Child care: How to deal with sunburn

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Children are prone to develop sunburn especially when playing outdoors during the summer season. It is important to note that the skin contains melanin which is a pigment stored in special cells called melanocytes. Once the skin is exposed to the ultraviolet (UV) radiation from the sun, it leads to the production of more melanin which darkens the skin over time.

Fair-skinned children are highly sensitive to sunburn since the skin does not have enough melanin than dark-skinned ones. Nevertheless, even dark-skinned children are also at risk.

Even though being directly exposed to the sun triggers sunburn, a child can end up with one even if it is not a sunny day. One can develop sun damage if exposed to the reflection of the sun from water, snow, sand or buildings.

Sunburn can range from mild reddening of the skin or severe blistering, pain and swelling.


Sunburn can range from mild reddening of the skin or severe blistering, pain and swelling. As it heals, the blisters burst and the skin becomes dry and itchy until it starts to peel.

Most of the reactions start several hours after the skin was exposed to the sun. The skin condition is at its worst around 24-48 hours later. In the long run, damage caused by the sun puts one at higher risk for skin cancer. In addition, it leads to premature aging and wrinkling of the skin.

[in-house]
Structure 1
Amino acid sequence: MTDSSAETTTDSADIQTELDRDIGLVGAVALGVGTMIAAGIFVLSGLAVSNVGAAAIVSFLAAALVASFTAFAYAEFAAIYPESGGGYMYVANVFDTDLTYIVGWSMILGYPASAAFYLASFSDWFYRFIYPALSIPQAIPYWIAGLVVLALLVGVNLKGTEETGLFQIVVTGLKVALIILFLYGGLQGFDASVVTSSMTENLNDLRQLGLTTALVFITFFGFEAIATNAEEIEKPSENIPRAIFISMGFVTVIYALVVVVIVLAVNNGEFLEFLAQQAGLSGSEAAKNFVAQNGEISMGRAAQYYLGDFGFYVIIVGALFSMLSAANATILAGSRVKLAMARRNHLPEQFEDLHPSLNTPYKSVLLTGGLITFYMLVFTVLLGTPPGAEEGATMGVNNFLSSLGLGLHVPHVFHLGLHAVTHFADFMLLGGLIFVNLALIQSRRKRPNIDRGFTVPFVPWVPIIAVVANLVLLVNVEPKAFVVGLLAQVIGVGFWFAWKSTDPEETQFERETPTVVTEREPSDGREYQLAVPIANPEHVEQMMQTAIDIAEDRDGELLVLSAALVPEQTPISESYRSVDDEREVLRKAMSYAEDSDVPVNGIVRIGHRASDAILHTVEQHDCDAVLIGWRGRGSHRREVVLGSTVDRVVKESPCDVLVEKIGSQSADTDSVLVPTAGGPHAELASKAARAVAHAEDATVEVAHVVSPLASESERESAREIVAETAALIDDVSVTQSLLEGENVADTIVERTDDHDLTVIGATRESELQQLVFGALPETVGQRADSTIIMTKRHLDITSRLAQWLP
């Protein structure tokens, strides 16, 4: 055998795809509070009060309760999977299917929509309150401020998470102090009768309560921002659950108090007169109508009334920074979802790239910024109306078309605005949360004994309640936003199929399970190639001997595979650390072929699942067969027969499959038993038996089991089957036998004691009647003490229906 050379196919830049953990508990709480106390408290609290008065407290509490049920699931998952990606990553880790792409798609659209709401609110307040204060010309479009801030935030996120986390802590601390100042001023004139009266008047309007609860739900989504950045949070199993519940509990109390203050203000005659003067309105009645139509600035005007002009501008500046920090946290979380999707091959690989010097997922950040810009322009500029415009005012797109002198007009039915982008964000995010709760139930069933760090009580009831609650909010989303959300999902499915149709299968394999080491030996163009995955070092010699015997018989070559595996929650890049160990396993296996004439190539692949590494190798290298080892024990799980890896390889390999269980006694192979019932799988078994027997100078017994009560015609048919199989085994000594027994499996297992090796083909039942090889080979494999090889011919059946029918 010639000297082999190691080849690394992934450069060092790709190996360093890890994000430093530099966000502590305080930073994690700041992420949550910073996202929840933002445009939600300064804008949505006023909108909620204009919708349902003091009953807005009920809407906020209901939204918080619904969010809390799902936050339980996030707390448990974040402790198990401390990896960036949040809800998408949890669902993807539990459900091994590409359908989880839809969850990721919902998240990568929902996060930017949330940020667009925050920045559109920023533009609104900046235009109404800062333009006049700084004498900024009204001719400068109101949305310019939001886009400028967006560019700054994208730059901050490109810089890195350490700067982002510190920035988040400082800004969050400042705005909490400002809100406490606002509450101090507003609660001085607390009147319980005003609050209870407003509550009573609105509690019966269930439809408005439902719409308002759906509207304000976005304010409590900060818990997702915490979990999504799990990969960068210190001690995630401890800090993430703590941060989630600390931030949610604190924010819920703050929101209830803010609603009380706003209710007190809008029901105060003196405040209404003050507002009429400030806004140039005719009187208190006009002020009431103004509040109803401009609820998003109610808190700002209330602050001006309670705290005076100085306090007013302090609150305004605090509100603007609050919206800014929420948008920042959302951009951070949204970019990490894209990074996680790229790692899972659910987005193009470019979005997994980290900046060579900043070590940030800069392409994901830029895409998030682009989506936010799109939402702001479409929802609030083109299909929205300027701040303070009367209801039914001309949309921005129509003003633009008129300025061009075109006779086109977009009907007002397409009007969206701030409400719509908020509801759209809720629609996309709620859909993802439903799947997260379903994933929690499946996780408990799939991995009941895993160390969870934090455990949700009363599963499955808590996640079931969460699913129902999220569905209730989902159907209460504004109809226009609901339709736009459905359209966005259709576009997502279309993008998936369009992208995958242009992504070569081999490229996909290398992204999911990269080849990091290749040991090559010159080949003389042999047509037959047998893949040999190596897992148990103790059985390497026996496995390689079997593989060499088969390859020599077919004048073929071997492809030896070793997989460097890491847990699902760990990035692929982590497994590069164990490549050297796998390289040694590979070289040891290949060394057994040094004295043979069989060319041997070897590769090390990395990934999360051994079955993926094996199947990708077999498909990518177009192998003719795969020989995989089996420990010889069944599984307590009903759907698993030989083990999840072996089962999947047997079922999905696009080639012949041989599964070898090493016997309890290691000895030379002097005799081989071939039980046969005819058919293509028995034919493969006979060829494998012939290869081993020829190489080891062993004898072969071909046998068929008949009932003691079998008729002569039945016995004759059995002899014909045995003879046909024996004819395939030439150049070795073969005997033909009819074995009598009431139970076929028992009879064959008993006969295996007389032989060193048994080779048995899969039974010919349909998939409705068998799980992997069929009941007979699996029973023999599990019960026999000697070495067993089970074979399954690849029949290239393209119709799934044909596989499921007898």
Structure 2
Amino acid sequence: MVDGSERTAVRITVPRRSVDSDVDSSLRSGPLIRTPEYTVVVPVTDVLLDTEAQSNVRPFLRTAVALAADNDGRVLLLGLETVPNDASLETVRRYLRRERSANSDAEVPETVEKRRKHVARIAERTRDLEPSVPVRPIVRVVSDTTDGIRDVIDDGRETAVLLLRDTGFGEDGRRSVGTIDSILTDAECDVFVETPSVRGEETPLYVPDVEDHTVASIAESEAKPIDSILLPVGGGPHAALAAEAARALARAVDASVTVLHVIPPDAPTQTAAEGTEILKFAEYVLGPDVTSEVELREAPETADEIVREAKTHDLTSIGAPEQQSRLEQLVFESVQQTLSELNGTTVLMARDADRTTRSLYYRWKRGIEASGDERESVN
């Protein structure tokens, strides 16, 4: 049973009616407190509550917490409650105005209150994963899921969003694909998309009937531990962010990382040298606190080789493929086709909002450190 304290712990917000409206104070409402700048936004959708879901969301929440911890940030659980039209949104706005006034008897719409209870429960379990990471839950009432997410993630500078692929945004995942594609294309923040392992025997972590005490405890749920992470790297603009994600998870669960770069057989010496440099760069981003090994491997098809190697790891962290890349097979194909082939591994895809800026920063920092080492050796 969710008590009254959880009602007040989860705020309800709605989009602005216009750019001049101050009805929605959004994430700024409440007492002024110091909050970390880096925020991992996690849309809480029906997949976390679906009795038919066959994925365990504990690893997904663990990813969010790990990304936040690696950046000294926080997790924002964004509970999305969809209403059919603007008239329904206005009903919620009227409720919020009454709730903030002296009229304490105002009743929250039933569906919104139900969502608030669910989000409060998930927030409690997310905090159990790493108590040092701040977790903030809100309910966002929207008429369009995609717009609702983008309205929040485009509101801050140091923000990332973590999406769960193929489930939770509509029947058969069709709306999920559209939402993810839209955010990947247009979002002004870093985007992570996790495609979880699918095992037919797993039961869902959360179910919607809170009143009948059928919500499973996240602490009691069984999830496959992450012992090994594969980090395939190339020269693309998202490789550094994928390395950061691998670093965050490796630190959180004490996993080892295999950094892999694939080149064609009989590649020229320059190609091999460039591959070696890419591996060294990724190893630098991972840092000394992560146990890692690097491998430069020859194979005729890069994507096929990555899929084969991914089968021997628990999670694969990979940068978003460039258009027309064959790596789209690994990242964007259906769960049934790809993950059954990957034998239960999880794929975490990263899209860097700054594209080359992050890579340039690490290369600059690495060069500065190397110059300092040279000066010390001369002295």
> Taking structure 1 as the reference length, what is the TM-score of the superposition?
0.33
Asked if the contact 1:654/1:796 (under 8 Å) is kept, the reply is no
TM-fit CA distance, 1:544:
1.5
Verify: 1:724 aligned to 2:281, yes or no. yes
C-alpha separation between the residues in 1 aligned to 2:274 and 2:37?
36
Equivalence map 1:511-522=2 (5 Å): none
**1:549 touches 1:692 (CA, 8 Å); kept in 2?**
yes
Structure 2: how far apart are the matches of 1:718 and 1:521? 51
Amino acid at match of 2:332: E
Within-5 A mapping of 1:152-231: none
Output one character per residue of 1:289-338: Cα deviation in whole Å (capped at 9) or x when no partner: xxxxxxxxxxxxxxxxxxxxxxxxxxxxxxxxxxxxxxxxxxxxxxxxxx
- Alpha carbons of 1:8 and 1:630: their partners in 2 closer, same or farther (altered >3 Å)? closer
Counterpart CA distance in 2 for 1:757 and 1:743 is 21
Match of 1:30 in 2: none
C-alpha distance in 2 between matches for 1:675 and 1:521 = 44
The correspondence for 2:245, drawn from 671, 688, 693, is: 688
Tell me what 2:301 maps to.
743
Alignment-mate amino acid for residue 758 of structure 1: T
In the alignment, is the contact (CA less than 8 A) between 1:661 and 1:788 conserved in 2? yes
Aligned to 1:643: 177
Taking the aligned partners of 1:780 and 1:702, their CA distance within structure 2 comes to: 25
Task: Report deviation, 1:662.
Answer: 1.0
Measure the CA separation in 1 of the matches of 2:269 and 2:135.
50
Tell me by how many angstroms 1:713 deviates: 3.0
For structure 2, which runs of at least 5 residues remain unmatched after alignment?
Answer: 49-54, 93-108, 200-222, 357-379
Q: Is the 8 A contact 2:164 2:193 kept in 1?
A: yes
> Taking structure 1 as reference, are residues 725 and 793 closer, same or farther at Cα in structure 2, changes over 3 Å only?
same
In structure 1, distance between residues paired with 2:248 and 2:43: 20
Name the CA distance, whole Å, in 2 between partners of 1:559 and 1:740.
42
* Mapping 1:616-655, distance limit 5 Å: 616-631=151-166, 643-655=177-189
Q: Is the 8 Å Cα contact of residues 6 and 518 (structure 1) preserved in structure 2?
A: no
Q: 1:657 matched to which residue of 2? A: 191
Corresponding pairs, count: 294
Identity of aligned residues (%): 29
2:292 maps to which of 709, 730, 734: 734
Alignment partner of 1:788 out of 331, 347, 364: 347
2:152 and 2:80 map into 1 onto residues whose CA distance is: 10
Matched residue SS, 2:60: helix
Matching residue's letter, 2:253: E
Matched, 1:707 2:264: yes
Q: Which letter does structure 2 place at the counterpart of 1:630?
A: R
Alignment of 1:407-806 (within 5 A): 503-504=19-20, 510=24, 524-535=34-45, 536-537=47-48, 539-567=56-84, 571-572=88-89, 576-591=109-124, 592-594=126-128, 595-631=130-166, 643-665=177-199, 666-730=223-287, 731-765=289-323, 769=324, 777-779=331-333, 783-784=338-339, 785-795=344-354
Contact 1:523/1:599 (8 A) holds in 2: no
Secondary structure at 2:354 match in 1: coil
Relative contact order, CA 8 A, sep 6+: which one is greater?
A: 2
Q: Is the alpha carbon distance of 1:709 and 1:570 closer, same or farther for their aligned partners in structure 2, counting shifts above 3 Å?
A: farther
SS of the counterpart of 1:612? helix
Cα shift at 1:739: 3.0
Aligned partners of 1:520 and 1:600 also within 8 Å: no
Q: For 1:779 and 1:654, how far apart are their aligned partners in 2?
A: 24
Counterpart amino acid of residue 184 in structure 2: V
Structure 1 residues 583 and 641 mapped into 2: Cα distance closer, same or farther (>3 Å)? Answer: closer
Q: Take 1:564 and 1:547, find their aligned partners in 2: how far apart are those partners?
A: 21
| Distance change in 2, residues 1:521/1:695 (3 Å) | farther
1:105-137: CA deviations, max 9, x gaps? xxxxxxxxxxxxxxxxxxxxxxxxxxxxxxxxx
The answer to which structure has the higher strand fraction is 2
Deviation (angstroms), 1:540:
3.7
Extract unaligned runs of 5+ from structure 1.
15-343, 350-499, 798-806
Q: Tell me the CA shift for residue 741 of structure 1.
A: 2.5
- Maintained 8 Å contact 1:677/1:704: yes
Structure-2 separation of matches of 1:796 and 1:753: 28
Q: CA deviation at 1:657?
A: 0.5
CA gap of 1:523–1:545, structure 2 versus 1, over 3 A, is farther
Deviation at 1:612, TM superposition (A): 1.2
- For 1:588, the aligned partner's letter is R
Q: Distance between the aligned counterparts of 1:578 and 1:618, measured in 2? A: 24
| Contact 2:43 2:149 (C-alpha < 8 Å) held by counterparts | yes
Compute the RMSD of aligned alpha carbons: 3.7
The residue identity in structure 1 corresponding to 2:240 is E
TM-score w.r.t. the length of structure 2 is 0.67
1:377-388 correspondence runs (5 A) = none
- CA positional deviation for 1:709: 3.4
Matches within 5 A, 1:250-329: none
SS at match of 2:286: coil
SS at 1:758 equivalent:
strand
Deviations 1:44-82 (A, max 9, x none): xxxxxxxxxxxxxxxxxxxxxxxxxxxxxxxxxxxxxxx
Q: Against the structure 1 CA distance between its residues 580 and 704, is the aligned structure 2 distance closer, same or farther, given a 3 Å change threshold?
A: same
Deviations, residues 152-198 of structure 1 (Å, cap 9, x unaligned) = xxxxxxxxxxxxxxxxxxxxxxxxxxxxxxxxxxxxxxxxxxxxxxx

When to consult a doctor for sunburn

Bring a child with sunburn to a doctor for the following:

  • There are blisters that break open or have murky fluid within
  • Child has fever along with shivering or appears tired than usual
  • Child has nausea and vomiting or a headache
  • The pain could not be relieved
  • Evident swelling in the site or the sunburn is likely to be infected

Management for sunburn

In severe cases of sunburn, it is managed in the same manner as any other burn and a doctor should be seen as soon as possible. You can also place the burned area under cool running water until help can be sought. Remember that young children are prone to dehydration which is why immediate medical care is needed.

If the child only has minimal redness and tenderness and there is warmth, you have to prevent additional UV exposure by keeping the child indoors. Pain medications can be provided to reduce the pain and swelling.

Encourage the child to increase the intake of fluids to replace the fluid loss by the burn. In addition, it is best to bathe the child gently in cool or tepid water.

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